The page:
Odyssey Theatre, North America’s only outdoor professional mask company is now in its 27th theatre presenting under the stars. This year, they’re bringing to Strathcona park a show not typically associated with mask or the outdoors: George Bernard Shaw’s Arms and the Man.
Should you see it?
Arms and the Man, written by George Bernard Shaw and given the mask treatment by Odyssey Theatre, is about the idealization versus the reality of war. And love. It starts when a Swiss mercenary, fighting on the side of the Serbians against the Bulgarians takes refuge in a Bulgarian household while fleeing for his life. Specifically, the house of the most prominent family in the area and the bedroom of one Raina Petkoff. She helps save his life when the Bulgarian troops come looking and there’s instant chemistry between them which prompts the Swiss Captain Bluntschli to make a return visit to the household once a peace is struck six-months later — dramatically interfering with her, and everybodies, romantic ideals of war (and love) as well as with Raina’s engagement to Bulgarian war hero (depending whose version of events you like better), Major Sergius. It’s a fine piece of social satire and a great blend of entertainment mixed with poignancy.
Despite not being written to be a mask production or have Commedia stylings, Odysey gives us a brilliant adaptation of the material under the direction of Andy Massingham. It was pretty close to pitch perfect with barely a false beat to speak of. From the simple semi-surreal outdoor set down to the duality-inspired make-up deign that itself served as a mask showing the competing personalities of the characters who weren’t in full mask.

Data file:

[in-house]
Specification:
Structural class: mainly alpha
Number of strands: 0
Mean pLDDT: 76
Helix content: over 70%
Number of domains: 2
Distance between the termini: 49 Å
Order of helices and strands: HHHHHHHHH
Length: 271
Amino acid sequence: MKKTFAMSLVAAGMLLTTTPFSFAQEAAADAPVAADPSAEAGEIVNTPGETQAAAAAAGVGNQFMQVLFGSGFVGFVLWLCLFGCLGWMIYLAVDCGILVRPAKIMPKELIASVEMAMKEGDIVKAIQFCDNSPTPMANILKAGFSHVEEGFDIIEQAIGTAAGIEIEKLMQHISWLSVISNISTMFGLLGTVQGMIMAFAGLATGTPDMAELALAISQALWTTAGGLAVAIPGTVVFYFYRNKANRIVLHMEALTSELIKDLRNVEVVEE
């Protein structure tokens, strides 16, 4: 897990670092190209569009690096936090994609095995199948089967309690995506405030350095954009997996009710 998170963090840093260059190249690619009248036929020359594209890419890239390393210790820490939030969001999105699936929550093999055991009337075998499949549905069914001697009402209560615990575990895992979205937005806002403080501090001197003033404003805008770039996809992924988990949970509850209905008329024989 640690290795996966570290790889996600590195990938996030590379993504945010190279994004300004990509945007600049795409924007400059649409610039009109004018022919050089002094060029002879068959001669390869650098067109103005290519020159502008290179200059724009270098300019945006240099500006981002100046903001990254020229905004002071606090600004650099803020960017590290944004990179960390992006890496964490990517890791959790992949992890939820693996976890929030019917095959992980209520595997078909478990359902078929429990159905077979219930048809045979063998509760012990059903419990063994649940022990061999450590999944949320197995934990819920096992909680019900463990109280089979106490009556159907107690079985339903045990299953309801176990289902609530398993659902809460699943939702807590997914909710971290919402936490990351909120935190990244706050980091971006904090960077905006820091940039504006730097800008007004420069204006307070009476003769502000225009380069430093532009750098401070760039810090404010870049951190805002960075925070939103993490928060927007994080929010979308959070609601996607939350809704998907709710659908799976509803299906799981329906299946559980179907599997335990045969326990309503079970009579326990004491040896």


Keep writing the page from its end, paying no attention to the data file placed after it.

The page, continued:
Claire Armstrong commanded her time on stage as Louka, the fiery servant who demanded more and pushed social customs as far as she possibly could. Philippa Leslie’s Raina was hard to take your eyes off of with her striking beauty and make-up and the sharpness of her every movement, while her Raina alternated between the romantic ideals she held and personality expected of her into her moments of sincerity and realism that captured who she really was. Attila Clemann brought everything together wonderfully as the most level headed of the group, Captain Bluntschli, with a keen vision of the world and willingness to speak plain. The all-star cast of this production is rounded out by Dylan George, David Warburton, Doreen Taylor-Claxton, and Pierre Brault.
Even on the damp and cool night we were there, with the threat of storm clouds ever looming and the stage most obviously having been rained on earlier in the day, Odyssey’s Arms and the Man was a fantastic show that made it easy to forget those things. The ice cream may sell better on a warmer evening, scratch that, will sell better on a warmer evening, but on whatever day suits you, Arms and the Man will be a worthwhile evening at some theatre under the stars.
Unless you choose to see a matinee, in which case you’ll trade stars for air conditioning with Odyssey holding all of their Tuesday and Saturday Matinees at the University of Ottawa’s Academic Hall. It’s hard to imagine a show like this being so contained by walls and a roof but I don’t doubt this team’s ability to pull it off.
But that’s just my opinion and I’d love to know what you think? If you’ve seen Arms and the Man done more traditionally, how does this version stack up? How does the show play in the indoor venue? Let me know in the comments below.
Arms and the Man runs until August 17th in the beautiful Strathcona park by the river. Find out all the details, including video and photos, in our preview article.